“Learning is not compulsory… neither is survival.” (W. Edwards Deming)
I was inspired by the book “Pragmatic Thinking and Learning” by Andy Hunt that I’ve read not so long ago and so I decided to write this post which you may say it is almost a review of this book. My intention with this is to show you how you could improve your ability of learning, which is required specially to software developers considering that we need to learn constantly not only technical stuff but also problems domains, and doing this is extremely hard and tiring. I personally think that the common developer (and may not be only developers) overlook this topic. Learning is a skill as programming and riding a bicycle is and so it deserves attention, training, reflection, etc.
First of all we need to understand our behaviour, and a good way of doing it is to go through a model of expertise: the Dreyfus model. It proposes a skill acquisition model and a way to move from beginning levels to mastery of a skill (aka being an expert). After that, we need to understand better our mind to then be able to find ways to learn effectively and catch cognitive biases. Even though I’m not an expert I’ll try to write about how our mind works (and how it doesn’t), learning techniques and ways to improve usual activities like reading. With time I’d like to have here a nice list of techniques, tips and habits about learning.
The Dreyfus Model
It is a model of how people acquire skills through instruction and practicing. The model, developed by the brothers Stuart and Hubert Dreyfus in 1980 (original report here), proposes that a student normally goes through five developmental stages from novice to mastery. It argues that any training procedure must acknowledge the student skill level to address it appropriately, and so, enabling faster progress. Below is a list of the five stages.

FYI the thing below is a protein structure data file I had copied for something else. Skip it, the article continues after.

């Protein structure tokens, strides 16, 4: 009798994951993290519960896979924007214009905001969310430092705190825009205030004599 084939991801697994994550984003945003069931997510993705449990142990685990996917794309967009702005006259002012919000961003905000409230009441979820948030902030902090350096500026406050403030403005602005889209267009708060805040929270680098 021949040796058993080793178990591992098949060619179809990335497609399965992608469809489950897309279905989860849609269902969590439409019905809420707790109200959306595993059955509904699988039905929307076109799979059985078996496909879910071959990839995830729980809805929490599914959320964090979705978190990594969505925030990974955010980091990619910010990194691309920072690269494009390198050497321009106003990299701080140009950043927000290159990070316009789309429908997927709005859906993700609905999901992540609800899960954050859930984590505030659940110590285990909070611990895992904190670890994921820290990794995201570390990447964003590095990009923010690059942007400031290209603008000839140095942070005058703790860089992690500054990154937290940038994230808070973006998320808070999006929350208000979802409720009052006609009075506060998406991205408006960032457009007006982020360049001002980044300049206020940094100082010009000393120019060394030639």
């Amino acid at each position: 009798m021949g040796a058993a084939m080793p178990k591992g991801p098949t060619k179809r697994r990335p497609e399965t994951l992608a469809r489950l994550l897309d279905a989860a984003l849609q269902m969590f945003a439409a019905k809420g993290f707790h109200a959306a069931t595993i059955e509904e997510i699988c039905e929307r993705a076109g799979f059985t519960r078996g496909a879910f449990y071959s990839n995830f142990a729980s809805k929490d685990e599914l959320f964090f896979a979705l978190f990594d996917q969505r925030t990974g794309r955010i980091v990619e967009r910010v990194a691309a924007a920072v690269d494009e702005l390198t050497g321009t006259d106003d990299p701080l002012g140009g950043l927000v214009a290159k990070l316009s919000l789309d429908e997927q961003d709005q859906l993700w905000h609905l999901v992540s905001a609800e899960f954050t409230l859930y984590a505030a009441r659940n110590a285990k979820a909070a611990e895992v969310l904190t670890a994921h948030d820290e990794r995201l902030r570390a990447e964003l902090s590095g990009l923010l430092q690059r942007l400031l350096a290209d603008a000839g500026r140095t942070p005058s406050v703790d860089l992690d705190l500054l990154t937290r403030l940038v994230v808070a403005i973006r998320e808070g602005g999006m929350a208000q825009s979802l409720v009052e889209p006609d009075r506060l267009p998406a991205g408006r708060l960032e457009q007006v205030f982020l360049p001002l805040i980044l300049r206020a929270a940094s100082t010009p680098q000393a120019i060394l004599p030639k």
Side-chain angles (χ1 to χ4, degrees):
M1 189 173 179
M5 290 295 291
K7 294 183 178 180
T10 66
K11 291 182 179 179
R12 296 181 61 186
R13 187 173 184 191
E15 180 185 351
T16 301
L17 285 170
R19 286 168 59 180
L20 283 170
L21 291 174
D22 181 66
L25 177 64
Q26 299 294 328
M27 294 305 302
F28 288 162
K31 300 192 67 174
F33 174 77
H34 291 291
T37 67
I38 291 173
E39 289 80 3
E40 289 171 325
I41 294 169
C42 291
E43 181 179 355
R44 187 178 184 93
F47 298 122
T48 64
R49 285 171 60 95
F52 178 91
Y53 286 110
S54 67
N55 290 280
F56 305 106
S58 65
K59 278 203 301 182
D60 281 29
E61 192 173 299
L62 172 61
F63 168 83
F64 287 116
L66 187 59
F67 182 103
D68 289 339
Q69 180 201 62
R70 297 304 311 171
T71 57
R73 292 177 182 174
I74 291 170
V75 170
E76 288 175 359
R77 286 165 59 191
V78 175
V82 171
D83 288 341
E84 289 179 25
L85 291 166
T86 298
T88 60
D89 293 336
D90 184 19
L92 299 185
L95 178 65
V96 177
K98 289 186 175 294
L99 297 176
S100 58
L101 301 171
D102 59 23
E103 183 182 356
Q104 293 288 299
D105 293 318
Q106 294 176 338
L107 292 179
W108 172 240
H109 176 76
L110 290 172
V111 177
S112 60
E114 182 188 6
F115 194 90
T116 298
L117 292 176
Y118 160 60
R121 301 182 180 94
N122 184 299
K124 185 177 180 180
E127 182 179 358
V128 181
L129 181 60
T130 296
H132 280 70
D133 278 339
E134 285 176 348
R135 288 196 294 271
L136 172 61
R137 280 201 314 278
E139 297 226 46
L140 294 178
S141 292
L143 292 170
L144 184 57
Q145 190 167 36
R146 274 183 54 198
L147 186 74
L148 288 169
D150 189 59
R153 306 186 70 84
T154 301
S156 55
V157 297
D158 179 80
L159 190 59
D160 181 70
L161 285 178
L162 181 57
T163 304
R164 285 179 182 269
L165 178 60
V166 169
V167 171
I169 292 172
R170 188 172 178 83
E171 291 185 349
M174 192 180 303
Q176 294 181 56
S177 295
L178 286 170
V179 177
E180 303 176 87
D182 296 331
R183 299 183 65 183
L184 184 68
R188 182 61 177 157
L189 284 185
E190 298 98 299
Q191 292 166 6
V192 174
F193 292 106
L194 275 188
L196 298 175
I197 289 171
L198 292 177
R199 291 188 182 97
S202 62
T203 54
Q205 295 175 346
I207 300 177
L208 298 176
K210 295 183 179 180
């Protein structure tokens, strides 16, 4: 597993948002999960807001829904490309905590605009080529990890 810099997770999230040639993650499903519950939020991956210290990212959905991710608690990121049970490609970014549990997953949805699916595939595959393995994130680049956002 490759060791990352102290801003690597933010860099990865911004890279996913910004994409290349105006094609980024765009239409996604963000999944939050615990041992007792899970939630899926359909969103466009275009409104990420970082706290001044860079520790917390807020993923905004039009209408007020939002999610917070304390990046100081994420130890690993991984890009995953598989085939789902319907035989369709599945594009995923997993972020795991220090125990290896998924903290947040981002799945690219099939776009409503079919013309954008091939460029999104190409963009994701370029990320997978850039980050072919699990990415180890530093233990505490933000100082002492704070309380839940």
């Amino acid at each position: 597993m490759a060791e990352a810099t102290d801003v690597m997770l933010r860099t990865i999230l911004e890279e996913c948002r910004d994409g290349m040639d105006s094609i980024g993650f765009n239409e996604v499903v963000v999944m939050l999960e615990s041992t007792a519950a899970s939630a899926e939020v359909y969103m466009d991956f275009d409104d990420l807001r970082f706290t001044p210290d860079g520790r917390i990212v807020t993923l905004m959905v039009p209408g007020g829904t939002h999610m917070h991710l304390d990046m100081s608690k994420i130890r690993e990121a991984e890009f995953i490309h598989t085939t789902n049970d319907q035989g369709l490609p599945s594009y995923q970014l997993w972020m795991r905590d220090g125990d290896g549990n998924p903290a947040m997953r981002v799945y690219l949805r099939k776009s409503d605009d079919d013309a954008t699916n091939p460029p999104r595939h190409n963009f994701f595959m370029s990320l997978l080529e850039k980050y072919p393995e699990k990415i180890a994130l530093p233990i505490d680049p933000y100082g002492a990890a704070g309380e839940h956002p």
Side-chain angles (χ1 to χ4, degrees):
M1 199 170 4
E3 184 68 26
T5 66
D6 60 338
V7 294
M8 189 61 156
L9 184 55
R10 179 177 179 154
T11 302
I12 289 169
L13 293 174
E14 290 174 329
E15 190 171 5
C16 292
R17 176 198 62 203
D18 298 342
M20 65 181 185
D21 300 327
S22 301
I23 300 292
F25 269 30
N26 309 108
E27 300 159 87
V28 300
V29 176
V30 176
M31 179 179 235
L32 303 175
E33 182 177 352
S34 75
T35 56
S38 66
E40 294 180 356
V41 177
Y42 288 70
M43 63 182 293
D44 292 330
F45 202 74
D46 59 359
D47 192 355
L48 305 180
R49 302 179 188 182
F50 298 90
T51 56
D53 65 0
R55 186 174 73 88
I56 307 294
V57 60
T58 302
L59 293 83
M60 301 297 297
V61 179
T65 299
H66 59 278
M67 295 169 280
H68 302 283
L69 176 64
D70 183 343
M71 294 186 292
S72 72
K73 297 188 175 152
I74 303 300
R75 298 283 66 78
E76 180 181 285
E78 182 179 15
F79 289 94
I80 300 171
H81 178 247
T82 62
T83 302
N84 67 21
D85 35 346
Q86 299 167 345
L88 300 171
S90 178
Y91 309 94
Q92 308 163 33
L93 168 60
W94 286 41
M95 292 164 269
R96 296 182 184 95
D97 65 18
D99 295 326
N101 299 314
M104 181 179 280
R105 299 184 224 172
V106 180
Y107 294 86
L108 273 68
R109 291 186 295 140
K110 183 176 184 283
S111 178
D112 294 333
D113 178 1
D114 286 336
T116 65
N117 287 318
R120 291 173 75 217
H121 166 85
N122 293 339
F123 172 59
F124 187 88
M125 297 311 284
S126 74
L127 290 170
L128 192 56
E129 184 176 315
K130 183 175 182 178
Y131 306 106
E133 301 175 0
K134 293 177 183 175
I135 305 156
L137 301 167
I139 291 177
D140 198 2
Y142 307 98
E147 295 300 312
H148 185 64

A novice has little or no previous experience in the skill area. Novices don’t know if their actions will reach the desired result, and they don’t necessarily want to learn; they just want to accomplish their tasks. Although vulnerable to problems, a novice can be relatively effective if he or she is given a context-free set of rules to follow; they need recipes. Novices can be good with rules, but they don’t know which rule (or rules) is relevant in every scenario; they can’t see the big picture and take the context into consideration. Recipes have the problem that it is impossible to specify everything, so then doubt will appear in complex scenarios (and even on simpler ones!). Recipes can’t take you very far.
After tackling with some real problems and situations, an advanced beginner (or competent according to the original report) is able to recognize and cope with situations that he or she has already faced before, without context-free rules. An advanced beginner can try tasks on his or her own, but difficulty with troubleshooting is still a constant. An advanced beginner usually wants information fast, like someone scanning a new language documentation looking for some method, but unable to understand details of how that anonymous function works or what “passing arguments by reference or by value” means. An advanced beginner doesn’t want the big picture and would probably dismiss it as it is irrelevant to his or her task.